His message is giving the Iranian government a boost of desperately needed popularity during a critical period of international tensions, in particular over the country's commitment to developing its nuclear capabilities. In a recent speech to the nation, Iran's Supreme Leader, Ayatollah Khamenei, compared Mr. Ahmadinejad's popularity to President Bush's low poll numbers.

Indeed, Mr. Ahmadinejad's standing among the poor and working class has allowed him to challenge domestic foes, including many in the clerical establishment, throwing Iran's political establishment off balance in ways few expected. With 17-hour workdays and a reputation for rectitude, Mr. Ahmadinejad has refashioned a post with few formal powers. The parliament, more representative of Iran's conservative establishment, has tried to parry Mr. Ahmadinejad's activism, rejecting three of his candidates for oil minister as well as nominees for other important economic portfolios.

But he's stunned Tehran's political elite by winning many battles. He has replaced several senior clergymen in the Ministry of Culture with non-clerical allies, apparently with the blessing of the Ayatollah Khamenei, a senior cleric himself. While less important than the Supreme Leader, Iran's president holds considerable influence over economic and social policies through his ability to nominate the heads of government ministries. He also appoints the head of the central bank.

To outsiders trying to penetrate Iran's opaque political system, it's still unclear whether the president remains under the control of the clerical establishment or whether this is a genuine bid for power.

"Everybody's too busy just trying to catch up with him," says Nasser Hadian, a political science professor at Tehran University and childhood schoolmate of Mr. Ahmadinejad. Although he disagrees with many of the president's policies, he grudgingly admires the way he has shaken up Iran's political culture. "He's challenging the entire spectrum of society, from the super-secular to the super-religious."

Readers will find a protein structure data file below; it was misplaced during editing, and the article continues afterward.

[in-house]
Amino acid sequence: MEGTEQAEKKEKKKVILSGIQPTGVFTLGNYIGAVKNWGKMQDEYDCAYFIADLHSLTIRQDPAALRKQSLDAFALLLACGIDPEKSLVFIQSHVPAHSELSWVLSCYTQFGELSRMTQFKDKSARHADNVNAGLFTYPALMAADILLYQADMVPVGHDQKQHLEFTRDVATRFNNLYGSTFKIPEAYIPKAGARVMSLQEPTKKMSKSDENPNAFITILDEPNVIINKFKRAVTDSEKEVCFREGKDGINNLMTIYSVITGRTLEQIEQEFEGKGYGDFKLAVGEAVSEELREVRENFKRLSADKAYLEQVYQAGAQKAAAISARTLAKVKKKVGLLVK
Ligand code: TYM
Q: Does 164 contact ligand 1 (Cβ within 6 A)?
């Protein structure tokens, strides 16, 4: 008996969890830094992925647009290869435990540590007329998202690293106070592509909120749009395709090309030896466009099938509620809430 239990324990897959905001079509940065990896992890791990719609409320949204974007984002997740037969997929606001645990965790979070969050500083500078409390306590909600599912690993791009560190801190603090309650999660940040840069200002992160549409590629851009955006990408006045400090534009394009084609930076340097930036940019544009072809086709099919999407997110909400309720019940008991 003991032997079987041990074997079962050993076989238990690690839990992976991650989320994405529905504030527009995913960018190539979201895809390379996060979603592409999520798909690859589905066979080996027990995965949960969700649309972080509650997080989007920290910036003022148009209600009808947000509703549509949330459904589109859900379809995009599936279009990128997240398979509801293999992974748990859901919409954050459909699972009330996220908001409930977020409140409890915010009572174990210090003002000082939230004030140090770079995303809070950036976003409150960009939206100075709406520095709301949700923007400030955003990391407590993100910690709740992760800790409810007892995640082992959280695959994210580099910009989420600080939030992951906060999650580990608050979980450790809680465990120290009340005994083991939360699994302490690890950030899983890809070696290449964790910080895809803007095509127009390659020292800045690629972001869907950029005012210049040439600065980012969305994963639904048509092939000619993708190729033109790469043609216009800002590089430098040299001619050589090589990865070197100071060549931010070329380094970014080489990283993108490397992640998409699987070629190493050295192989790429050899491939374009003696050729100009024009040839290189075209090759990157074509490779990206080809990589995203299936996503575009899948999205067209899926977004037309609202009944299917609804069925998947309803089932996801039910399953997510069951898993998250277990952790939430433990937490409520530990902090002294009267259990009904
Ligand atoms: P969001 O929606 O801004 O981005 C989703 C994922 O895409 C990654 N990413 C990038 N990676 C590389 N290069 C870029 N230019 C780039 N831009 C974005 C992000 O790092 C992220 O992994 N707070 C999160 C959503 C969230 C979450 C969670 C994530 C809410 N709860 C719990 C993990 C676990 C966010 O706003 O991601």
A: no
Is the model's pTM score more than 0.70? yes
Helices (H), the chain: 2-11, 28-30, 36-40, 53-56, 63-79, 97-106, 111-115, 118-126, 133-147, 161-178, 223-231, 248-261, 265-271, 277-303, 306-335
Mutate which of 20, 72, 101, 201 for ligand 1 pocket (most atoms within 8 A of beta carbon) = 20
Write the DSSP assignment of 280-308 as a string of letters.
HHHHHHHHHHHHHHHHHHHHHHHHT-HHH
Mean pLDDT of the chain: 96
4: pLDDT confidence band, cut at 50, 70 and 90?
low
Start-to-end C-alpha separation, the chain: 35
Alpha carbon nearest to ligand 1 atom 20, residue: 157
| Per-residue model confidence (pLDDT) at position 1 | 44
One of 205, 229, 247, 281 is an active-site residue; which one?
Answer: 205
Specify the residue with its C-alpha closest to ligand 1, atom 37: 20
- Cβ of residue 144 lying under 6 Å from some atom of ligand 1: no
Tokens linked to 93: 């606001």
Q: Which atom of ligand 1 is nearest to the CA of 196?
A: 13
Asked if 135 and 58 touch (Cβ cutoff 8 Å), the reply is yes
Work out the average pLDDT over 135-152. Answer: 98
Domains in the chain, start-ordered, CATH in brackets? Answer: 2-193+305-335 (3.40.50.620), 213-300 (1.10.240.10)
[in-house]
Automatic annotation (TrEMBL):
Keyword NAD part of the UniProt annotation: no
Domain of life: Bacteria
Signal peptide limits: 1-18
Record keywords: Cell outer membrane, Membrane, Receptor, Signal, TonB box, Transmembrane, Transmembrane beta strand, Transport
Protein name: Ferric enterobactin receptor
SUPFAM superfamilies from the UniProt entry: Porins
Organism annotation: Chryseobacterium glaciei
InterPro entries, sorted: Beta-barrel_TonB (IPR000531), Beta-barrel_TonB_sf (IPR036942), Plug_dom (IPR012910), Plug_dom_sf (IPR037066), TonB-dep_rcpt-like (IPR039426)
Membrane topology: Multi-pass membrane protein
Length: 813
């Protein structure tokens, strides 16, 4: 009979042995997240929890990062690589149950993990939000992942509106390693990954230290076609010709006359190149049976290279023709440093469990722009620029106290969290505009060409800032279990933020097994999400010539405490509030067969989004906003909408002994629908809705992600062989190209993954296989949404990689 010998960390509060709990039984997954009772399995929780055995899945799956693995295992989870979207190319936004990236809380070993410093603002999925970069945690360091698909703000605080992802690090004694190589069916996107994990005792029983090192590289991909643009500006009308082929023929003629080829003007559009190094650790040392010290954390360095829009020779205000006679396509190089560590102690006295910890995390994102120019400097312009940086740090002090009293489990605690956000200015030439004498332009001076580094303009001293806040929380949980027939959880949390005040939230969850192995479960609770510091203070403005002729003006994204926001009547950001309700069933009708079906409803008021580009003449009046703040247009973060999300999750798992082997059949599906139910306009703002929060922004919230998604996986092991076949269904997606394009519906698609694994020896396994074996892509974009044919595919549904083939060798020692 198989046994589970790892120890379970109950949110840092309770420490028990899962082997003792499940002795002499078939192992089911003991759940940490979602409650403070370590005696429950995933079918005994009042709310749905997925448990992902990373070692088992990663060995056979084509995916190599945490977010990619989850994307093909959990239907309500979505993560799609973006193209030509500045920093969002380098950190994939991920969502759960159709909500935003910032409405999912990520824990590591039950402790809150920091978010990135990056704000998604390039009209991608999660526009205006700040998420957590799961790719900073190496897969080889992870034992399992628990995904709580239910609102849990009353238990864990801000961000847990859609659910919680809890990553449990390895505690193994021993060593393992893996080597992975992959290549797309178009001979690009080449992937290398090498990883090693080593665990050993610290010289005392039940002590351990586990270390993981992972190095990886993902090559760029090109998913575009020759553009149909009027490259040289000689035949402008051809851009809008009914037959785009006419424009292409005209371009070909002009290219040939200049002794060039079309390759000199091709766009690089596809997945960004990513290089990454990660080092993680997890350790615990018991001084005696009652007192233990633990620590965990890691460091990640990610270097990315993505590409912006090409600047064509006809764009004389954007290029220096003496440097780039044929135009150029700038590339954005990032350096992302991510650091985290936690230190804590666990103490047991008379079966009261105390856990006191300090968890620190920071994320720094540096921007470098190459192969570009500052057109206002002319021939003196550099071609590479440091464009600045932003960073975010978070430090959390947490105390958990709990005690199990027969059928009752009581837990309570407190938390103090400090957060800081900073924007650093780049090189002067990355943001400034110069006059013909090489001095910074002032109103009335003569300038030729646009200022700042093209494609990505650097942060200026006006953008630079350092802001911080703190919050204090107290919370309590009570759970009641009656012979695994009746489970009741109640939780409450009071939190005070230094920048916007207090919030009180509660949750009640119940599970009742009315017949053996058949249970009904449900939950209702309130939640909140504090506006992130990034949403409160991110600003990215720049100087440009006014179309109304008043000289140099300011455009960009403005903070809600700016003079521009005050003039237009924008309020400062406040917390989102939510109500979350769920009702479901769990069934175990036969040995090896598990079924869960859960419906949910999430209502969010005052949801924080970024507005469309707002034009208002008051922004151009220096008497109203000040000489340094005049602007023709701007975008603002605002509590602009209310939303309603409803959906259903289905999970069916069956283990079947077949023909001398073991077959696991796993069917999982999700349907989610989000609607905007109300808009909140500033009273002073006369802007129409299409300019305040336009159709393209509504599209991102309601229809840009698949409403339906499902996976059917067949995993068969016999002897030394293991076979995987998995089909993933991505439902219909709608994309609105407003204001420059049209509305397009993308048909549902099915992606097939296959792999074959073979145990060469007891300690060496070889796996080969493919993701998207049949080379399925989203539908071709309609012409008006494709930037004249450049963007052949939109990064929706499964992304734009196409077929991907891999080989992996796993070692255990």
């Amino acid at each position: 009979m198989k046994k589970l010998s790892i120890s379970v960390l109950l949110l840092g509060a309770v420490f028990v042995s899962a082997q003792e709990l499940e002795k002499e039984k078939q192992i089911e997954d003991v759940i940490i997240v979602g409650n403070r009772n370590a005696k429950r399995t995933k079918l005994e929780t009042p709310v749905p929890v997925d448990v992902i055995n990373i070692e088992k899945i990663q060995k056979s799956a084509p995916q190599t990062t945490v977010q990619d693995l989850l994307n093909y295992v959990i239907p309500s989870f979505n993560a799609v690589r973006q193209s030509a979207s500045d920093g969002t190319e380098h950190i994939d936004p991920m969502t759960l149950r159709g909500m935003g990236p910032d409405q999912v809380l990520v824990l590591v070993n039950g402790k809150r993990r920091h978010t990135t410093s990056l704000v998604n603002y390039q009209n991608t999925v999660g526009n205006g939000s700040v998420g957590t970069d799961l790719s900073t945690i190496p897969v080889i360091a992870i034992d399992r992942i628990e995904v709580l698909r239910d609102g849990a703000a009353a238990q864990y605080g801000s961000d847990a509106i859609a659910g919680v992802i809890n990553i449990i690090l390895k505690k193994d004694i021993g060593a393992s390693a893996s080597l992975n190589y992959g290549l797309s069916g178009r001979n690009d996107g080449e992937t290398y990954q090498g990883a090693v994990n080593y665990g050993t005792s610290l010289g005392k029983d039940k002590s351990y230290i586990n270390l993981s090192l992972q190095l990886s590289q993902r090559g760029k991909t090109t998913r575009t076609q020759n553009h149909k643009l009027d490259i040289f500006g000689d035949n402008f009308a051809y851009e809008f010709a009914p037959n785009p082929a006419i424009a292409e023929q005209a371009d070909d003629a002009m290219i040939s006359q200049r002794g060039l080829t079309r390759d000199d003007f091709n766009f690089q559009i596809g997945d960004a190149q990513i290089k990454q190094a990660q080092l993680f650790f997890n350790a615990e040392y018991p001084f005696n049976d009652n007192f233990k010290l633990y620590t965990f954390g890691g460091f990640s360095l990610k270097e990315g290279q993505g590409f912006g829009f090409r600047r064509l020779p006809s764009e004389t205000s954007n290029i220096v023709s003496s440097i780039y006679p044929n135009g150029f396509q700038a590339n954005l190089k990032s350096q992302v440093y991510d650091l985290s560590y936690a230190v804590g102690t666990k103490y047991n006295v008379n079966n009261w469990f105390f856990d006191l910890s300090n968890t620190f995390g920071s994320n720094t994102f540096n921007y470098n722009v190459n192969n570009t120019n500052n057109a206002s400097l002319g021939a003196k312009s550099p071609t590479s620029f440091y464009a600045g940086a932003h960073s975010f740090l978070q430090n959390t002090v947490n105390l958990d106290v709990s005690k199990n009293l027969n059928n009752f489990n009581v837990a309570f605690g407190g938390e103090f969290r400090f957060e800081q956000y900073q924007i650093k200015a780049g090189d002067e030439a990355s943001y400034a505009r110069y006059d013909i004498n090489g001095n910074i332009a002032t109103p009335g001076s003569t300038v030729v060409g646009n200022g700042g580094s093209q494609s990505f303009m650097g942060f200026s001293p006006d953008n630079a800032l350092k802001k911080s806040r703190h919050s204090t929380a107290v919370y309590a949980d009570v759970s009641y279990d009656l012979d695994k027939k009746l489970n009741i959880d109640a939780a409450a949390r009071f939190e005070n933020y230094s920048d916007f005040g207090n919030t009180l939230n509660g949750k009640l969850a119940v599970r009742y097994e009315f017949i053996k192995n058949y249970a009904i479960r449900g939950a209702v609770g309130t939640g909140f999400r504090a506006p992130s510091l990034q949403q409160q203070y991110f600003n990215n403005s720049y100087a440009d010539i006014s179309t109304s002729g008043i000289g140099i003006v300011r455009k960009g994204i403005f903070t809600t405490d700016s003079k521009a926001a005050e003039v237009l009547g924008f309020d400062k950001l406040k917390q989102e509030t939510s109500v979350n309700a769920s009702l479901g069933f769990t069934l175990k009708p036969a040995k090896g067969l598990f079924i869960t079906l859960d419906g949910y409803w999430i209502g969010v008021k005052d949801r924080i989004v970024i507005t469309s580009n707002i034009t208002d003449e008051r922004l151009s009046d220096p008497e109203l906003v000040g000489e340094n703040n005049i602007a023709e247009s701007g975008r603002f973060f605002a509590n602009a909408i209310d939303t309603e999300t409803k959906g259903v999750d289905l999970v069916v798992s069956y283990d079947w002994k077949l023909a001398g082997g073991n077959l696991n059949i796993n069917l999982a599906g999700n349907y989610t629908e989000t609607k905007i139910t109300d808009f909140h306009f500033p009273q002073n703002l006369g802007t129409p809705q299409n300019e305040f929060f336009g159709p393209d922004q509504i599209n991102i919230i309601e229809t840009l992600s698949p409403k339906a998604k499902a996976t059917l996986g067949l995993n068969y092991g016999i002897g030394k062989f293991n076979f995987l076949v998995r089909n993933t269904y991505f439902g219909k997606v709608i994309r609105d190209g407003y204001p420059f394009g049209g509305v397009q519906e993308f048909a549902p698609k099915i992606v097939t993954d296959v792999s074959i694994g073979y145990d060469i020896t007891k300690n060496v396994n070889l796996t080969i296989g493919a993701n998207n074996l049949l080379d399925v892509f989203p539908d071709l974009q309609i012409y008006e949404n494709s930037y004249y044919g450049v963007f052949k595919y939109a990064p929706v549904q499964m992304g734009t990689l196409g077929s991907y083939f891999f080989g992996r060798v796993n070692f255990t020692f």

Thanks to generous subsidies, Iranian consumers pay some of the lowest prices in the world for gasoline, filling up for about 40 cents a gallon. Despite being the world's fourth-largest producer of crude oil, the country lacks enough oil refineries to supply itself with fuel, forcing it to import almost half its gasoline. When prices rose last year, the government withdrew $2.9 billion from the oil fund to cover the increased cost.

A looming battle over those subsidies typifies Mr. Ahmadinejad's coming dilemma. In the fall, as part of its WTO obligations, the government plans to limit the amount of subsidized gasoline consumers can buy. Above that level, consumers will have to pay higher prices. That will raise the cost of living for Mr. Ahmadinejad's constituents by pushing up prices of nearly everything else in Iran's gas-guzzling economy. The government is already talking about dipping into the oil fund to continue financing the subsidies.

The president hasn't taken a clear public stand on the subsidy-reduction plan, which would be a blow to Iranians such as Jamshid Gerami, 47, who was recently filling his tank at a Tehran gas station while 50 other cars waited in line behind him. "We're already paying more than we should have to," he said.

In Jey, an industrial zone in central Iran, Isfandiar Arab Jafaari, a 32-year-old truck driver, says he's hopeful about the future, even though he hasn't yet benefited from the president's plans. Mr. Ahmadinejad is the first leader "who's really concerned about the poor and about families in Iran," says Mr. Jafaari, who was on his way to deliver a shipment of biscuits.

Meanwhile, Mr. Jafaari's economic indicators are going in the wrong direction. The driver says he was a shepherd until seven years ago, when rising feed costs forced him to sell his 500 sheep. Now he supports his wife and two children driving goods, although he can't afford to insure his truck.

Earlier this year, he paid the equivalent of a month's income to buy two new tires. Last year, he replaced the other two at the cost of just half a month's income.

Write to Bill Spindle at